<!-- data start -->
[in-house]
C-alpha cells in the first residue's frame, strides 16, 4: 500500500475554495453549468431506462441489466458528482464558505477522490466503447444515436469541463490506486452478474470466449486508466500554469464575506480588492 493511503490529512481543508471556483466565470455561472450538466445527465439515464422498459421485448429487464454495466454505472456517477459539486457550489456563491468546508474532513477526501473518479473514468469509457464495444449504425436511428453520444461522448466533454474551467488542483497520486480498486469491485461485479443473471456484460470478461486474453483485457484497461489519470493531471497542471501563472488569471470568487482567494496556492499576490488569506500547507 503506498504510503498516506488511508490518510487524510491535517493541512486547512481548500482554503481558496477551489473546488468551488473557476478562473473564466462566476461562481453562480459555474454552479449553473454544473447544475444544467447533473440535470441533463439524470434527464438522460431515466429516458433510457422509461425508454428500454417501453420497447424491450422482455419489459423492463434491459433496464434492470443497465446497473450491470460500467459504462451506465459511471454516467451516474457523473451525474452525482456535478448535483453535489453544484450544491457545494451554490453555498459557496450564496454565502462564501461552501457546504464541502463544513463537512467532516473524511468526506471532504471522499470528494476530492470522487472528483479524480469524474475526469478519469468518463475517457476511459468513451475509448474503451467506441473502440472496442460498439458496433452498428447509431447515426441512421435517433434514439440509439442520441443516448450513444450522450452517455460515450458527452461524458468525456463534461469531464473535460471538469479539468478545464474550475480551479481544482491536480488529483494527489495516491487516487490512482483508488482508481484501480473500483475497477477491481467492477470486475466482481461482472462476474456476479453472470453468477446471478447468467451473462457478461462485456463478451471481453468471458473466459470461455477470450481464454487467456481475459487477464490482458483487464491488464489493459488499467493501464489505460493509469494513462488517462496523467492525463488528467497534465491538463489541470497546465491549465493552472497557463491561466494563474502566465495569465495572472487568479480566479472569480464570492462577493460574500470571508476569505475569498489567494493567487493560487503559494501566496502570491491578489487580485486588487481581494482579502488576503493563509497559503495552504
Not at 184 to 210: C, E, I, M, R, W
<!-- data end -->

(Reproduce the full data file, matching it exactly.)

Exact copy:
[in-house]
C-alpha cells in the first residue's frame, strides 16, 4: 500500500475554495453549468431506462441489466458528482464558505477522490466503447444515436469541463490506486452478474470466449486508466500554469464575506480588492 493511503490529512481543508471556483466565470455561472450538466445527465439515464422498459421485448429487464454495466454505472456517477459539486457550489456563491468546508474532513477526501473518479473514468469509457464495444449504425436511428453520444461522448466533454474551467488542483497520486480498486469491485461485479443473471456484460470478461486474453483485457484497461489519470493531471497542471501563472488569471470568487482567494496556492499576490488569506500547507 503506498504510503498516506488511508490518510487524510491535517493541512486547512481548500482554503481558496477551489473546488468551488473557476478562473473564466462566476461562481453562480459555474454552479449553473454544473447544475444544467447533473440535470441533463439524470434527464438522460431515466429516458433510457422509461425508454428500454417501453420497447424491450422482455419489459423492463434491459433496464434492470443497465446497473450491470460500467459504462451506465459511471454516467451516474457523473451525474452525482456535478448535483453535489453544484450544491457545494451554490453555498459557496450564496454565502462564501461552501457546504464541502463544513463537512467532516473524511468526506471532504471522499470528494476530492470522487472528483479524480469524474475526469478519469468518463475517457476511459468513451475509448474503451467506441473502440472496442460498439458496433452498428447509431447515426441512421435517433434514439440509439442520441443516448450513444450522450452517455460515450458527452461524458468525456463534461469531464473535460471538469479539468478545464474550475480551479481544482491536480488529483494527489495516491487516487490512482483508488482508481484501480473500483475497477477491481467492477470486475466482481461482472462476474456476479453472470453468477446471478447468467451473462457478461462485456463478451471481453468471458473466459470461455477470450481464454487467456481475459487477464490482458483487464491488464489493459488499467493501464489505460493509469494513462488517462496523467492525463488528467497534465491538463489541470497546465491549465493552472497557463491561466494563474502566465495569465495572472487568479480566479472569480464570492462577493460574500470571508476569505475569498489567494493567487493560487503559494501566496502570491491578489487580485486588487481581494482579502488576503493563509497559503495552504
Not at 184 to 210: C, E, I, M, R, W